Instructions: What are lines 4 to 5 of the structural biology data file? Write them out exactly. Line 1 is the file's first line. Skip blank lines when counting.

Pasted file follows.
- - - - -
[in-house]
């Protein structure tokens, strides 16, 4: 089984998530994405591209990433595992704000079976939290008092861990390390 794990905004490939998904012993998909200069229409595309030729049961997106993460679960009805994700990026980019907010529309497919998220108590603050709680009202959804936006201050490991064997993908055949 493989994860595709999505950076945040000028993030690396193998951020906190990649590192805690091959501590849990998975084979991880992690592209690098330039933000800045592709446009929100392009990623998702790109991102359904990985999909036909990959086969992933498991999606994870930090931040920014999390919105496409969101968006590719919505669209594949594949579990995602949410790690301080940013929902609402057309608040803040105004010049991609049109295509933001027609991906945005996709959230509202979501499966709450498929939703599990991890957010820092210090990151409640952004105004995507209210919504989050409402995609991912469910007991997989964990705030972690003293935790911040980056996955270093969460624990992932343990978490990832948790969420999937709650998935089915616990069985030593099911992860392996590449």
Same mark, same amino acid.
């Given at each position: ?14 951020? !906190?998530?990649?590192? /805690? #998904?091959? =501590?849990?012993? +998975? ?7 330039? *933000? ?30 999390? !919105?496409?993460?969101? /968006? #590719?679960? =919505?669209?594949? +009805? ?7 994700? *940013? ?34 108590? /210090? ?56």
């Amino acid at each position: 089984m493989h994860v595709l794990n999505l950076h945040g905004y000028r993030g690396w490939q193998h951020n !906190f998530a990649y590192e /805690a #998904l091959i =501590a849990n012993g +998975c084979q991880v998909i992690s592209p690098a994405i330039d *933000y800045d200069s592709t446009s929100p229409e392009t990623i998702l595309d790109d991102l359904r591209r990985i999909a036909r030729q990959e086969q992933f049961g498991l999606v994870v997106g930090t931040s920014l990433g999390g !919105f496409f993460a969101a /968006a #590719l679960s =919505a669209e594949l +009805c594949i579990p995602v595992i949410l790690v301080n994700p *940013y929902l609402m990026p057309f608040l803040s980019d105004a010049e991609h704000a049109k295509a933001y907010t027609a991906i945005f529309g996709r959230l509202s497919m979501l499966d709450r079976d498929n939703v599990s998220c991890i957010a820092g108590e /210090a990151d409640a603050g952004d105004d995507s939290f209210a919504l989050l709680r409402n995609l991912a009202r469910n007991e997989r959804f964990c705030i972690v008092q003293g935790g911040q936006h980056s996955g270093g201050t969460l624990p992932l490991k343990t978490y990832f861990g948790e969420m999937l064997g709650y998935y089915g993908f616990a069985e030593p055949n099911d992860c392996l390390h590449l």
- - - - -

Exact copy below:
């Given at each position: ?14 951020? !906190?998530?990649?590192? /805690? #998904?091959? =501590?849990?012993? +998975? ?7 330039? *933000? ?30 999390? !919105?496409?993460?969101? /968006? #590719?679960? =919505?669209?594949? +009805? ?7 994700? *940013? ?34 108590? /210090? ?56």
């Amino acid at each position: 089984m493989h994860v595709l794990n999505l950076h945040g905004y000028r993030g690396w490939q193998h951020n !906190f998530a990649y590192e /805690a #998904l091959i =501590a849990n012993g +998975c084979q991880v998909i992690s592209p690098a994405i330039d *933000y800045d200069s592709t446009s929100p229409e392009t990623i998702l595309d790109d991102l359904r591209r990985i999909a036909r030729q990959e086969q992933f049961g498991l999606v994870v997106g930090t931040s920014l990433g999390g !919105f496409f993460a969101a /968006a #590719l679960s =919505a669209e594949l +009805c594949i579990p995602v595992i949410l790690v301080n994700p *940013y929902l609402m990026p057309f608040l803040s980019d105004a010049e991609h704000a049109k295509a933001y907010t027609a991906i945005f529309g996709r959230l509202s497919m979501l499966d709450r079976d498929n939703v599990s998220c991890i957010a820092g108590e /210090a990151d409640a603050g952004d105004d995507s939290f209210a919504l989050l709680r409402n995609l991912a009202r469910n007991e997989r959804f964990c705030i972690v008092q003293g935790g911040q936006h980056s996955g270093g201050t969460l624990p992932l490991k343990t978490y990832f861990g948790e969420m999937l064997g709650y998935y089915g993908f616990a069985e030593p055949n099911d992860c392996l390390h590449l």